Now, as more and more brands find their ads popping up next to toxic content like fake news sites or offensive YouTube videos, JPMorgan has limited its display ads to about 5,000 websites it has preapproved, said Kristin Lemkau, the bank’s chief marketing officer. Surprisingly, the company is seeing little change in the cost of impressions or the visibility of its ads on the internet, she said.

Essentially, ads on crappy sites don’t serve any purpose. The people who visit those clickbait and fake news sites don’t click on ads. Gee, what a surprise…

To be fair, this sort of thing will shake up the web advertising market. Google in particular will start losing a lot of revenue, at least from big companies who have the resources to investigate this sort of thing.

Source: Chase Had Ads on 400,000 Sites. Then on Just 5,000. Same Results. – The New York Times

How to stop seeing your Amazon searches everywhere – USA Today

“Retargeting” — showing you ads for something you’ve looked for at some online store even as you visit other sites, in the hope that the reminder will persuade you to complete the purchase — is a common marketing practice. But Amazon’s outsized inventory and the time many of us spend there can make its retargeted ads more obvious and obnoxious than most.

I realized this firsthand a few weeks ago, when a few searches to check prices for a toilet seat left me staring at Amazon photos of toilet seats through the rest of the evening’s Web reading.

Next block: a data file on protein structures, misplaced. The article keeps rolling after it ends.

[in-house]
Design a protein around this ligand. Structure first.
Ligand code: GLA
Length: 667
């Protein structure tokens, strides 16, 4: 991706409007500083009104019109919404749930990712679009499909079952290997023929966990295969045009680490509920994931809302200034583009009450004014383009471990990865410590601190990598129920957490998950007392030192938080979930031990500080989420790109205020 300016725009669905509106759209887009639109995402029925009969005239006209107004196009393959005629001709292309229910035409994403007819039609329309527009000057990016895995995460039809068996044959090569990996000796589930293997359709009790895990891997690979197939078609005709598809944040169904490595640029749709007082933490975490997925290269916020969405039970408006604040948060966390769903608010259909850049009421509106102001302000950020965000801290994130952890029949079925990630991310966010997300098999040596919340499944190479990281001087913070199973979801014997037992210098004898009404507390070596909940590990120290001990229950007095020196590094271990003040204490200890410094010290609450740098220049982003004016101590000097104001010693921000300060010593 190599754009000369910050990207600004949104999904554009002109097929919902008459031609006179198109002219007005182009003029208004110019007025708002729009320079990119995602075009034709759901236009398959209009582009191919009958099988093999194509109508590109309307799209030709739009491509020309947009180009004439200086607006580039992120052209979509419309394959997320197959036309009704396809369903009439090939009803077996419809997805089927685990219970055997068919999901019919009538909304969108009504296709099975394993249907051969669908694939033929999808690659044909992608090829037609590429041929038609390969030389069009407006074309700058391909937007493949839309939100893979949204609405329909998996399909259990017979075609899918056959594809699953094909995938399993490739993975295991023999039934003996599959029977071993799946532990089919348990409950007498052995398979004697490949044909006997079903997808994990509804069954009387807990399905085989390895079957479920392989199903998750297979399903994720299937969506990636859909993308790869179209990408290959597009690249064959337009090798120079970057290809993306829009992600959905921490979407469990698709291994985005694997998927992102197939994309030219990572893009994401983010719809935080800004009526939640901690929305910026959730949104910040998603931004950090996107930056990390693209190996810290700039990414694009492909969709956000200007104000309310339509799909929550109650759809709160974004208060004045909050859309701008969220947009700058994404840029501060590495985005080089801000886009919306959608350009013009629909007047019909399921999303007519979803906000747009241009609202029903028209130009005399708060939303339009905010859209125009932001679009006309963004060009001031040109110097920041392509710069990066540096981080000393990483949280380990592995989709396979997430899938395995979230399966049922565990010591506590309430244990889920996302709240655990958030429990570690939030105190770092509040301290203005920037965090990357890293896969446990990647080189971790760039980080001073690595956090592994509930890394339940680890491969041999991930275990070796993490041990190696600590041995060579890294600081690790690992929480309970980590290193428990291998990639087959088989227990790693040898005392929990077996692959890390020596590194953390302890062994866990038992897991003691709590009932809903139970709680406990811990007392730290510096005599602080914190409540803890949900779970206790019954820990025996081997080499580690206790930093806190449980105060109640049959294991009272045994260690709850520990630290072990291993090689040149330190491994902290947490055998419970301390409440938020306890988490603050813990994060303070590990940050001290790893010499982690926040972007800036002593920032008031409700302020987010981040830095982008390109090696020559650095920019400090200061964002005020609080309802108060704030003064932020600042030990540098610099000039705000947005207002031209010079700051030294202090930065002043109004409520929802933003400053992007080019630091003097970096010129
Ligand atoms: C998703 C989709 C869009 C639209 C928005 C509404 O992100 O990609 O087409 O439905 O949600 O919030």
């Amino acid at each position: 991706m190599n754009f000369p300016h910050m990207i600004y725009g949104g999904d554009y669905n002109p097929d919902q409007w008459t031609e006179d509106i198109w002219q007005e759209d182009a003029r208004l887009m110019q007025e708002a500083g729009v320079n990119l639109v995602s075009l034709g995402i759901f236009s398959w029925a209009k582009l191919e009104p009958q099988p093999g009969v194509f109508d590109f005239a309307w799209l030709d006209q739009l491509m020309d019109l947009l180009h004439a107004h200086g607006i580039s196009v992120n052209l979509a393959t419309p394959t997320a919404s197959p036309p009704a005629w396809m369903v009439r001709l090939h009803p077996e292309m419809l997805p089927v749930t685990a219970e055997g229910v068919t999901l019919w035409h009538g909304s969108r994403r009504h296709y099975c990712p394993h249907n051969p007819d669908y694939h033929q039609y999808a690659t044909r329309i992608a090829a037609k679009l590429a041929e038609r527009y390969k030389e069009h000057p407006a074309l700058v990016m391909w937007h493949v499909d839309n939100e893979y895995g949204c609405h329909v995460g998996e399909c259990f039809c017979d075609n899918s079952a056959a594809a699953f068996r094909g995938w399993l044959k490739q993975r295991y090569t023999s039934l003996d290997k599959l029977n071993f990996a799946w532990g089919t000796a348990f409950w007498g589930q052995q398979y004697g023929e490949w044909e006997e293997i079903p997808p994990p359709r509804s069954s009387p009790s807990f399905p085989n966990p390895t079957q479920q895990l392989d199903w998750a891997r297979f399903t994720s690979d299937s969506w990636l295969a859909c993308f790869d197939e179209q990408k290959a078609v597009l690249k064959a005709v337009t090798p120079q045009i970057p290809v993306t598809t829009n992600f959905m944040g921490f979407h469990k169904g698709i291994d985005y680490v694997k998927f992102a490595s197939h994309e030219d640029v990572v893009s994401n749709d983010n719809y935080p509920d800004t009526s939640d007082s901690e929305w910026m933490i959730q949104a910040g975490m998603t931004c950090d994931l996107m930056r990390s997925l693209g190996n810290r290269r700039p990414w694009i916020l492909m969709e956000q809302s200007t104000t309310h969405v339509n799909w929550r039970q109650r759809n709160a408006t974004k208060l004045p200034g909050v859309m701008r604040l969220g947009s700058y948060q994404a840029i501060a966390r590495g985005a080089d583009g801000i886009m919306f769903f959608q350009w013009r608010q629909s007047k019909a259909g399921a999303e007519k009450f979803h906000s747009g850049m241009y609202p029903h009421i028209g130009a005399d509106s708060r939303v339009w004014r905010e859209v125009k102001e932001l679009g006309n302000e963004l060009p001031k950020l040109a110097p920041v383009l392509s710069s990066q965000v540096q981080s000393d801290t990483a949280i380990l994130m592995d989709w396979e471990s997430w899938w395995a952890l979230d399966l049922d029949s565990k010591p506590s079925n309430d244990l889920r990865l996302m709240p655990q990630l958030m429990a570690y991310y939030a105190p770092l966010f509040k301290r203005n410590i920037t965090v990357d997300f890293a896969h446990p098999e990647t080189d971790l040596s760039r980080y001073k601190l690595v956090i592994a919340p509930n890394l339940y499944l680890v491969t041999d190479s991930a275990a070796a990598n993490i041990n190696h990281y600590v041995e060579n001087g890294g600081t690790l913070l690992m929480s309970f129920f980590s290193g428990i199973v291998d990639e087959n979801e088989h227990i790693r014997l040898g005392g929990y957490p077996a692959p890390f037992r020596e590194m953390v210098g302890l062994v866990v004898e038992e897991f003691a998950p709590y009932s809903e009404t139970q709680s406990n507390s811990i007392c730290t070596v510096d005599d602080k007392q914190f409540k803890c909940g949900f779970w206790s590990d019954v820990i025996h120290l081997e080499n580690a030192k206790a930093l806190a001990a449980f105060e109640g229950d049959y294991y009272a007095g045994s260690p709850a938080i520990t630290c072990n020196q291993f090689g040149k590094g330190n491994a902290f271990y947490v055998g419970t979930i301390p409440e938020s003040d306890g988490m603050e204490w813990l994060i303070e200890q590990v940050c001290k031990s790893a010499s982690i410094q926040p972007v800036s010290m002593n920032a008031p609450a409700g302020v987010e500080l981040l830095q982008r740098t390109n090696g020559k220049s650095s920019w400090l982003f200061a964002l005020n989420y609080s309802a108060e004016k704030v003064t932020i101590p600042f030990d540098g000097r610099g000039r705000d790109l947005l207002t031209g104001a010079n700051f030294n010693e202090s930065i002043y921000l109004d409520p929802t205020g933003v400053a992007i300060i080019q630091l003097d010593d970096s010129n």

You can avoid this problem by doing your online shopping in a private-browsing or incognito-mode window. But it’s easy to forget to do that when you have 10 different pages open in tabs in your browser and you’re also switching between the Web, e-mail and other apps.

Instead, you can tell Amazon to stop sending you ads based on your shopping habits.

Read on to find out how to disable this. Thanks to Rob Pegoraro for pointing this out. I get so annoyed when I see things I’ve searched for in Amazon ads on other sites.

Source: How to stop seeing your Amazon searches everywhere

Samsung is adding new obtrusive ads to your old smart TV – The Verge

If you’re Samsung and you want to wring additional cash out of your television business, what do you do? Add annoying advertisements to TVs that people already have in their homes, apparently. The Wall Street Journal reports that Samsung is readying the European expansion of an initiative it started in the United States last June: adding interactive advertisements to the menu bars of its high-end smart TVs. The impact isn’t going to be limited just to customers buying new Samsung televisions, either, as the company reportedly plans to use software updates to retroactively bring the ads to older models that people already have in their homes.

I’ve been considering buying a new TV, but I read stuff like this, and it turns me off. Not to mention the fact that buying a TV these days is more complicated than buying a computer…

Source: Samsung is adding new obtrusive ads to your old smart TV | The Verge